What Matters?

How do you want to live? I often think about the marvellous gift of life we each have – one life – and how often we take each day for granted. Sometimes tragedy or a brush with death jolts us into the reality of this gift and we focus on what truly matters, but we need not wait for a crisis to uncover this. Chris Lowney’s new book Make Today Matter: 10 Habits for a Better Life (and World) asks this very question: What matters?

I used to work for a telephone concierge service and our mantra for customer experience was that same question, “What matters?” It called us to get to the real reason for each customer’s request. A man may have been asking us to send flowers to his wife, but what truly mattered to him was that his wife have an experience of feeling loved. A woman may have been asking us to make travel plans for her trip to Italy, but what was truly important for her was an experience of Italy’s food and history. Of course this digging for “what mattered” was a way to generate more work and thus more revenue, but I think Chris Lowney, himself a corporate business leader and former Jesuit, would appreciate applying the concept of what matters not to generating income, but to discovering meaning in our lives. His answer to this key question are some simple ideas from scripture: to care for the least of our sisters and brothers, to spread love, and to follow the golden rule.

Radiating Christ
The first habit in his book is to “Point Out the Way”. Lowney tells the story of one of his high school teachers, Father Duffy, whose love and care for his students was palpable. Through his lesson plans and notes and silly rhymes, he made learning Latin and theology easy for high school freshmen. Duffy once wrote, “I see myself radiating Christ to my students at all times…. I do this by my concern and love and respect for them…. I do it by being friendly in my dealings with them…” In other words, he knew that what mattered to his students was to model an authentic Christian life through friendliness and respect.

This resonated with me as I taught high school theology for two years and never did I want to be the kind of teacher who demeaned his students or came across as unloving. Like Father Duffy, I knew it was important to radiate the love of Christ, to model kindness, or to “point the way” as Lowney says. Good leaders point the way toward some goal and influence others to follow that way. In my current work as a pastoral associate at a Jesuit parish, I find countless opportunities to radiate Christ through welcome. How often do we find the Church and those in the Body of Christ appearing unwelcoming?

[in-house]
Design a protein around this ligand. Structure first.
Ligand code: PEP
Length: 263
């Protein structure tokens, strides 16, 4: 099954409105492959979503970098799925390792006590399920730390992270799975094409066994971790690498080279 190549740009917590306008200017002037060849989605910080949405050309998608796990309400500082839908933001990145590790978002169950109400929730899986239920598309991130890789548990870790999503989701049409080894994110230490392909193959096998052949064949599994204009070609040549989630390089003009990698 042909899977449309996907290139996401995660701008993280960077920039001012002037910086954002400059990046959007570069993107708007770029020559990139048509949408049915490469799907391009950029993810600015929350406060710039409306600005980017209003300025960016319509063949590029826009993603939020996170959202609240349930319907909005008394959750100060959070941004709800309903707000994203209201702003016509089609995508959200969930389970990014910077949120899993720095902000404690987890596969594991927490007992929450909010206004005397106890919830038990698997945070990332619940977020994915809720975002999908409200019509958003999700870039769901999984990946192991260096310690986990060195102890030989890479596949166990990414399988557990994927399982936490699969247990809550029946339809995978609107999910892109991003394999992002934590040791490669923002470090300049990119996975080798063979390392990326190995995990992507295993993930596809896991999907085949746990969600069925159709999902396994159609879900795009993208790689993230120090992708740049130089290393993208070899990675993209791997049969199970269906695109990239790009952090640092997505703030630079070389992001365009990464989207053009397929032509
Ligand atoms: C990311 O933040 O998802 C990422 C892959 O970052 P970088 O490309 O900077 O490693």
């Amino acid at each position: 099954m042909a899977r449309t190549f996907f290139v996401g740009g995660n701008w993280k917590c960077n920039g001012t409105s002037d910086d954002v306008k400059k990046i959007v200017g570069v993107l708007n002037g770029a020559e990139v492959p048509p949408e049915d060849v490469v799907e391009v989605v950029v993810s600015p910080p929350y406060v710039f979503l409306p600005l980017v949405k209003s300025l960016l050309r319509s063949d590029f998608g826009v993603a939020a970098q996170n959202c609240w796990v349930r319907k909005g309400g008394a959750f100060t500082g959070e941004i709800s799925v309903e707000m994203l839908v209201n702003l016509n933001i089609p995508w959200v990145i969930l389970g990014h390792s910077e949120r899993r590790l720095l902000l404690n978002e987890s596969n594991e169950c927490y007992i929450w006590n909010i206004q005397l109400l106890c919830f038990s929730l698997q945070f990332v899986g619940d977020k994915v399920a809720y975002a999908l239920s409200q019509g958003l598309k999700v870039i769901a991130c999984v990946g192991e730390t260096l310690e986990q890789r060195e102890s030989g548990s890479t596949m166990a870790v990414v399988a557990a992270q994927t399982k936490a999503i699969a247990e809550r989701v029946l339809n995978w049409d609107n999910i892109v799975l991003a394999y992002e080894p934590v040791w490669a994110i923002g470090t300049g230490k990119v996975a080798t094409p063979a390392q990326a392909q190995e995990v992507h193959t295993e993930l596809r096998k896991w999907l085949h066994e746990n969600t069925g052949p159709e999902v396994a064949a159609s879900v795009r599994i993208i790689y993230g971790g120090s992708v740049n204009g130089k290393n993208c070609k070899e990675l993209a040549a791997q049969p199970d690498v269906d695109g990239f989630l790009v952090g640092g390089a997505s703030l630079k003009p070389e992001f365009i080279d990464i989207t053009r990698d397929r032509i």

The Gift of Welcome
When a young Muslim student stopped by my church the other day because he was doing a project on Christianity for a world religions class I took the time to welcome him, show him the church, and answer his questions. When a young woman—who distanced herself from the Church after a negative and unwelcoming experience—visited my parish for an event I was sure to welcome her with a smile and invite her to consider this her home. All of us have opportunities to be a positive and welcoming face for the Church. When a homeless woman wanders into the church I don’t dismiss her, as some may, but treat her as a friend, not a nuisance. And while my high school students often felt like a nuisance (!), I did my best to point the way to a loving God by modelling that love myself.

I think as Christians we ought to ask the three-fold question: What matters to me? What matters to others? What matters to God?

These questions can help us uncover just how we can live meaningful and joyful Christian lives. If we discover and live the values and ideals that matter to ourselves (like the value of welcome), we’re likely going to radiate those values to others. And as Jesus said, “whatever you did for one of these least brothers of mine, you did for me.” That is what matters to God.

The subtitle of Lowney’s book is “10 Habits for a Better Life (and World)”. Doing these small things, like radiating love and kindness to others, can slowly change the world. This is what being a part of the Christ Project is about.

You can purchase Make Today Matter: 10 Habits for a Better Life (and World) from Loyola Press.

Listen to the podcast version of this post…

2 replies

  1. What matters? What a perfect question that maybe we really do know to ask, even if only out of curiosity, but are afraid to ask. Not because we dont want to know but maybe because we are afraid to actually do something with that, with them. Your podcast gave me some good ideas. I used to ask my employees “what’s important now” and give them the “WIN” acronym to remember so to stay focused, …thinking that was clever. Hmmm…But maybe I should’ve asked, “what’s important to you now and how will you determine that in another?” Because… those are important. After listening to your podcast and now wanting to read this book, I can’t wait to ask “what matters to you”. thanks!

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